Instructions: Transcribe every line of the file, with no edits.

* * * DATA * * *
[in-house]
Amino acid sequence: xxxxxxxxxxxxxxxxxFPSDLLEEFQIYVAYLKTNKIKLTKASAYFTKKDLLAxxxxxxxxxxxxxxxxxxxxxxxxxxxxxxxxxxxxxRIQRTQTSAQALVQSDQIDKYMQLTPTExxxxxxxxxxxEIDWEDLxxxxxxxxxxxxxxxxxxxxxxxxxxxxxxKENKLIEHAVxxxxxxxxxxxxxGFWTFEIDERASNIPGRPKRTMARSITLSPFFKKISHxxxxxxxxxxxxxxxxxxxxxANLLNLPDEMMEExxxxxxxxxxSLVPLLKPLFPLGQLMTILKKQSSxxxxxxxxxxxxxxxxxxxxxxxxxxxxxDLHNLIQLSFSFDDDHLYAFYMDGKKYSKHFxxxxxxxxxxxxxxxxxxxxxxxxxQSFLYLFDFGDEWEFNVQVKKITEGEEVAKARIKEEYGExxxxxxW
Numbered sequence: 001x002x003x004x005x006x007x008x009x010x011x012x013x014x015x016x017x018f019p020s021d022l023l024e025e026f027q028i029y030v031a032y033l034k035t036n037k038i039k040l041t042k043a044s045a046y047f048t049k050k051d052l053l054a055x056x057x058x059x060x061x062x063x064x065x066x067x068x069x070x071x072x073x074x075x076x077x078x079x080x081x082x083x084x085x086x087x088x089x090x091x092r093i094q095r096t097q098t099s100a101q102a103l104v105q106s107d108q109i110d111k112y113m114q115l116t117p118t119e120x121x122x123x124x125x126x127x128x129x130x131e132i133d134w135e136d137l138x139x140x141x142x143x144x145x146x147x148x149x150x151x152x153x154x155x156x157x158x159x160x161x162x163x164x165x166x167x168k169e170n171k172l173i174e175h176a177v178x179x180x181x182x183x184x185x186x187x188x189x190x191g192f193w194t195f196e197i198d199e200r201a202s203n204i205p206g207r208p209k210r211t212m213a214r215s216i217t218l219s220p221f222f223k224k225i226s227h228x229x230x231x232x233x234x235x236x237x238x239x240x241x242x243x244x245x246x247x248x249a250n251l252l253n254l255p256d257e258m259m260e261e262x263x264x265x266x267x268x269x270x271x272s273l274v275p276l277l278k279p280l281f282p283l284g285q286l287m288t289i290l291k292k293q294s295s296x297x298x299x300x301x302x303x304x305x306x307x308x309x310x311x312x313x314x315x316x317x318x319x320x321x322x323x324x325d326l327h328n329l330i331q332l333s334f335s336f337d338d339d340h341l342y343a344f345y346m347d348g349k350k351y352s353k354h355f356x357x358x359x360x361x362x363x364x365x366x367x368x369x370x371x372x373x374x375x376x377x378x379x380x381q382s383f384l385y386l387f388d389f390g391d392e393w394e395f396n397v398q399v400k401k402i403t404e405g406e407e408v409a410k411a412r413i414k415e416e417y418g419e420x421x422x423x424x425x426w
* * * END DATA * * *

[in-house]
Amino acid sequence: xxxxxxxxxxxxxxxxxFPSDLLEEFQIYVAYLKTNKIKLTKASAYFTKKDLLAxxxxxxxxxxxxxxxxxxxxxxxxxxxxxxxxxxxxxRIQRTQTSAQALVQSDQIDKYMQLTPTExxxxxxxxxxxEIDWEDLxxxxxxxxxxxxxxxxxxxxxxxxxxxxxxKENKLIEHAVxxxxxxxxxxxxxGFWTFEIDERASNIPGRPKRTMARSITLSPFFKKISHxxxxxxxxxxxxxxxxxxxxxANLLNLPDEMMEExxxxxxxxxxSLVPLLKPLFPLGQLMTILKKQSSxxxxxxxxxxxxxxxxxxxxxxxxxxxxxDLHNLIQLSFSFDDDHLYAFYMDGKKYSKHFxxxxxxxxxxxxxxxxxxxxxxxxxQSFLYLFDFGDEWEFNVQVKKITEGEEVAKARIKEEYGExxxxxxW
Numbered sequence: 001x002x003x004x005x006x007x008x009x010x011x012x013x014x015x016x017x018f019p020s021d022l023l024e025e026f027q028i029y030v031a032y033l034k035t036n037k038i039k040l041t042k043a044s045a046y047f048t049k050k051d052l053l054a055x056x057x058x059x060x061x062x063x064x065x066x067x068x069x070x071x072x073x074x075x076x077x078x079x080x081x082x083x084x085x086x087x088x089x090x091x092r093i094q095r096t097q098t099s100a101q102a103l104v105q106s107d108q109i110d111k112y113m114q115l116t117p118t119e120x121x122x123x124x125x126x127x128x129x130x131e132i133d134w135e136d137l138x139x140x141x142x143x144x145x146x147x148x149x150x151x152x153x154x155x156x157x158x159x160x161x162x163x164x165x166x167x168k169e170n171k172l173i174e175h176a177v178x179x180x181x182x183x184x185x186x187x188x189x190x191g192f193w194t195f196e197i198d199e200r201a202s203n204i205p206g207r208p209k210r211t212m213a214r215s216i217t218l219s220p221f222f223k224k225i226s227h228x229x230x231x232x233x234x235x236x237x238x239x240x241x242x243x244x245x246x247x248x249a250n251l252l253n254l255p256d257e258m259m260e261e262x263x264x265x266x267x268x269x270x271x272s273l274v275p276l277l278k279p280l281f282p283l284g285q286l287m288t289i290l291k292k293q294s295s296x297x298x299x300x301x302x303x304x305x306x307x308x309x310x311x312x313x314x315x316x317x318x319x320x321x322x323x324x325d326l327h328n329l330i331q332l333s334f335s336f337d338d339d340h341l342y343a344f345y346m347d348g349k350k351y352s353k354h355f356x357x358x359x360x361x362x363x364x365x366x367x368x369x370x371x372x373x374x375x376x377x378x379x380x381q382s383f384l385y386l387f388d389f390g391d392e393w394e395f396n397v398q399v400k401k402i403t404e405g406e407e408v409a410k411a412r413i414k415e416e417y418g419e420x421x422x423x424x425x426w